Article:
Most grandparents are acutely aware of the challenges their grandchildren face as they progress through education and into the workplace. University tuition fees and other costs can leave the upcoming generations with debts before they begin full-time work, making it more difficult for them to accumulate the deposit on their first property purchase.
The impact of the pandemic has added a new dimension to the problem, with disrupted education and a battered economy raising questions about future earnings potential. This has not gone unnoticed by those grandparents fortunate enough to be able to help the next-generation-but-one along the rocky road to their lifetime dreams and ambitions. Many have been moved to upgrade their help.
Evidence that grandchildren have often benefited financially from locked-down grandparents, unable to spend on holidays and eating out, has been provided through research conducted by a leading financial mutual. Scottish Friendly Assurance Society surveyed a sample of grandparents who were already investing for their grandchildren, to see what influence the pandemic had exerted.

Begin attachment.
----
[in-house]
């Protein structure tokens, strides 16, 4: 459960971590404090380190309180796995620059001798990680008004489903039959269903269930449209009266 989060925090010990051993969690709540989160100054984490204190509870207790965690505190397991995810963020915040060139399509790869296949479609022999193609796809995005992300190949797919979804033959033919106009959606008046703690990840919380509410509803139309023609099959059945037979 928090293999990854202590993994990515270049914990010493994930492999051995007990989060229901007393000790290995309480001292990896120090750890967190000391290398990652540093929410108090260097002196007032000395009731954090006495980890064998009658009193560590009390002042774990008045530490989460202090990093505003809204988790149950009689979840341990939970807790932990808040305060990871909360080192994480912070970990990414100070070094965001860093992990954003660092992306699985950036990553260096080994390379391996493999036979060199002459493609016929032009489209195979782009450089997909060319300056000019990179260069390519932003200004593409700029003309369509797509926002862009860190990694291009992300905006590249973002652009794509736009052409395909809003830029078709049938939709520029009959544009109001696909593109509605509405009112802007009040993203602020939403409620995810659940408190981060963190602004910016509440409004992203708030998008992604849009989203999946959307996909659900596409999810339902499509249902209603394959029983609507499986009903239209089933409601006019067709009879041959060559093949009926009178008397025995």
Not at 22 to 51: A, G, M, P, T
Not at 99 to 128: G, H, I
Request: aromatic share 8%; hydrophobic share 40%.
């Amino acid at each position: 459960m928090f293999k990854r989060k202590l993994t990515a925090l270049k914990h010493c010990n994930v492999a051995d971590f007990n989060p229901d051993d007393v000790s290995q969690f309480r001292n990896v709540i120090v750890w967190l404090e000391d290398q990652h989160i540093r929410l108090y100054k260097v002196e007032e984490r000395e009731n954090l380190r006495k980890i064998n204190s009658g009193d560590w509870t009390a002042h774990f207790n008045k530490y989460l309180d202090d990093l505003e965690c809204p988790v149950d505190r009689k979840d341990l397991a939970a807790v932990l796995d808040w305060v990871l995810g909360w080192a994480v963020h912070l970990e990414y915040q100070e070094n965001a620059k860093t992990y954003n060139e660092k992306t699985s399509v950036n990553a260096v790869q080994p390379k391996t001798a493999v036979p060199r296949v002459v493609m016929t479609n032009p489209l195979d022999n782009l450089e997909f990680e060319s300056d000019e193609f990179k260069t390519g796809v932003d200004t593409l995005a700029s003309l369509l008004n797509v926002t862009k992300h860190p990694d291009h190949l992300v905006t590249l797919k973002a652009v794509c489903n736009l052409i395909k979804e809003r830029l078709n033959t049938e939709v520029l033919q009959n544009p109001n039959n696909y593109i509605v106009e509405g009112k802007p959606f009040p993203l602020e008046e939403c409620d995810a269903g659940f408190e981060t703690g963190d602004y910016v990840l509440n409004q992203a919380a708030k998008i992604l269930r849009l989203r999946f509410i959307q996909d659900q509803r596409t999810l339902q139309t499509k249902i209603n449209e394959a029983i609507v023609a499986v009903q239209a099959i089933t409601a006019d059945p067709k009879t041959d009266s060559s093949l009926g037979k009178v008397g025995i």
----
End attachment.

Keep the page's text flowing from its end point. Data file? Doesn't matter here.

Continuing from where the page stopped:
Almost half upgrade their largesse
Responses showed that 47% of those grandparents had enhanced the amounts contributed to their grandchildren’s savings during the previous 12 months. The main drivers were found to be a reduction in their own spending opportunities during the COVID-19 restrictions and a heightened desire to create a larger savings buffer for their grandchildren at a time of economic uncertainty.
“There are grandparents who do have the discretionary income to put towards family savings and this can be a big support,” comments Jill Mackay of Scottish Friendly. “It’s also encouraging to see grandparents deciding to invest more of their money rather than save it in cash.”
The value of investments can go down as well as up and you may not get back the full amount you invested. The past is not a guide to future performance and past performance may not necessarily be repeated.